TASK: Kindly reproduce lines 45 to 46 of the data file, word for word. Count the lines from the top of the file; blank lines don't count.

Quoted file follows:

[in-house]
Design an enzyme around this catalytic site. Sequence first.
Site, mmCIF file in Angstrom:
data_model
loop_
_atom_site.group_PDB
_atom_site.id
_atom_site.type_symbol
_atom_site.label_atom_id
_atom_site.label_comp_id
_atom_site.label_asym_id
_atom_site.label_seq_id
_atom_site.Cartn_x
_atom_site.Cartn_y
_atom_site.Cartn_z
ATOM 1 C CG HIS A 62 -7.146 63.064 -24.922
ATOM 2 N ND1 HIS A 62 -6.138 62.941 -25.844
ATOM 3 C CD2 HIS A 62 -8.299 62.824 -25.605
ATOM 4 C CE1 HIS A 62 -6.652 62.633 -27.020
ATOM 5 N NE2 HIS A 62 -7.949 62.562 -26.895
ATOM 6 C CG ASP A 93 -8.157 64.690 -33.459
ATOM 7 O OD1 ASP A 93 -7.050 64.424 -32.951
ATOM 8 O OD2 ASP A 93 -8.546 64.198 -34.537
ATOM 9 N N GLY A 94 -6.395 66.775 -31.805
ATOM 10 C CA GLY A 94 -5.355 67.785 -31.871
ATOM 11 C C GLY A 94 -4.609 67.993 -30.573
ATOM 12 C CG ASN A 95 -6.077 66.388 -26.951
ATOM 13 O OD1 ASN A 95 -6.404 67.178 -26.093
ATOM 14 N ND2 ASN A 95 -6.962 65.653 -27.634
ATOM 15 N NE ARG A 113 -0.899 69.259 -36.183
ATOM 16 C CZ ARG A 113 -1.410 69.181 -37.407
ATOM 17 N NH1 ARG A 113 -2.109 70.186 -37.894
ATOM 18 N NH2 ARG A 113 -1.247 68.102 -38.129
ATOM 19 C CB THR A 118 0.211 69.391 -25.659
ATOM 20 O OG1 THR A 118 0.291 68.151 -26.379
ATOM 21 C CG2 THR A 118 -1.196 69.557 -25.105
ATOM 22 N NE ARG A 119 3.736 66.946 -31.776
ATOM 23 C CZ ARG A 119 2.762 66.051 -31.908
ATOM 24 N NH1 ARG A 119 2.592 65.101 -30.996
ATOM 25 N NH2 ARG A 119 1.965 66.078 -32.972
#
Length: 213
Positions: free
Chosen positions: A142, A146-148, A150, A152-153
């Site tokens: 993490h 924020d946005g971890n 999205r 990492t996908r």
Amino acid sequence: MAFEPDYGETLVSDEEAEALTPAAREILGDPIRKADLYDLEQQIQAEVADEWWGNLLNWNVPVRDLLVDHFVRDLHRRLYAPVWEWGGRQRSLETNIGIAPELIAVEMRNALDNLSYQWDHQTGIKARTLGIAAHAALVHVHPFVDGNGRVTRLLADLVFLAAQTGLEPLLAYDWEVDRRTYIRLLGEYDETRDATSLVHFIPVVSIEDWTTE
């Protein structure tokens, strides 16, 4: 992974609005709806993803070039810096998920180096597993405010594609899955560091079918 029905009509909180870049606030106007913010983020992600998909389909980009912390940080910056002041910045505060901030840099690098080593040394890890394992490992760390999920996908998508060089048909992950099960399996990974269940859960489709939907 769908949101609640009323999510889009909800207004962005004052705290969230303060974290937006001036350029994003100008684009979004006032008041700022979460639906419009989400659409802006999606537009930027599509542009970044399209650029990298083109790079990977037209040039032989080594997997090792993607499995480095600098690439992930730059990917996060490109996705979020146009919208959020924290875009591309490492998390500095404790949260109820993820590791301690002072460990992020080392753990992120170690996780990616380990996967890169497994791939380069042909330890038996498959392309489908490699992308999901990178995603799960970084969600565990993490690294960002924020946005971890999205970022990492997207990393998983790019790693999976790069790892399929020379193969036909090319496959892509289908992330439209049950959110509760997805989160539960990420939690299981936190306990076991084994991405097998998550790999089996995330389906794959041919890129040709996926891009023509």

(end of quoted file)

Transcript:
């Site tokens: 993490h 924020d946005g971890n 999205r 990492t996908r």
Amino acid sequence: MAFEPDYGETLVSDEEAEALTPAAREILGDPIRKADLYDLEQQIQAEVADEWWGNLLNWNVPVRDLLVDHFVRDLHRRLYAPVWEWGGRQRSLETNIGIAPELIAVEMRNALDNLSYQWDHQTGIKARTLGIAAHAALVHVHPFVDGNGRVTRLLADLVFLAAQTGLEPLLAYDWEVDRRTYIRLLGEYDETRDATSLVHFIPVVSIEDWTTE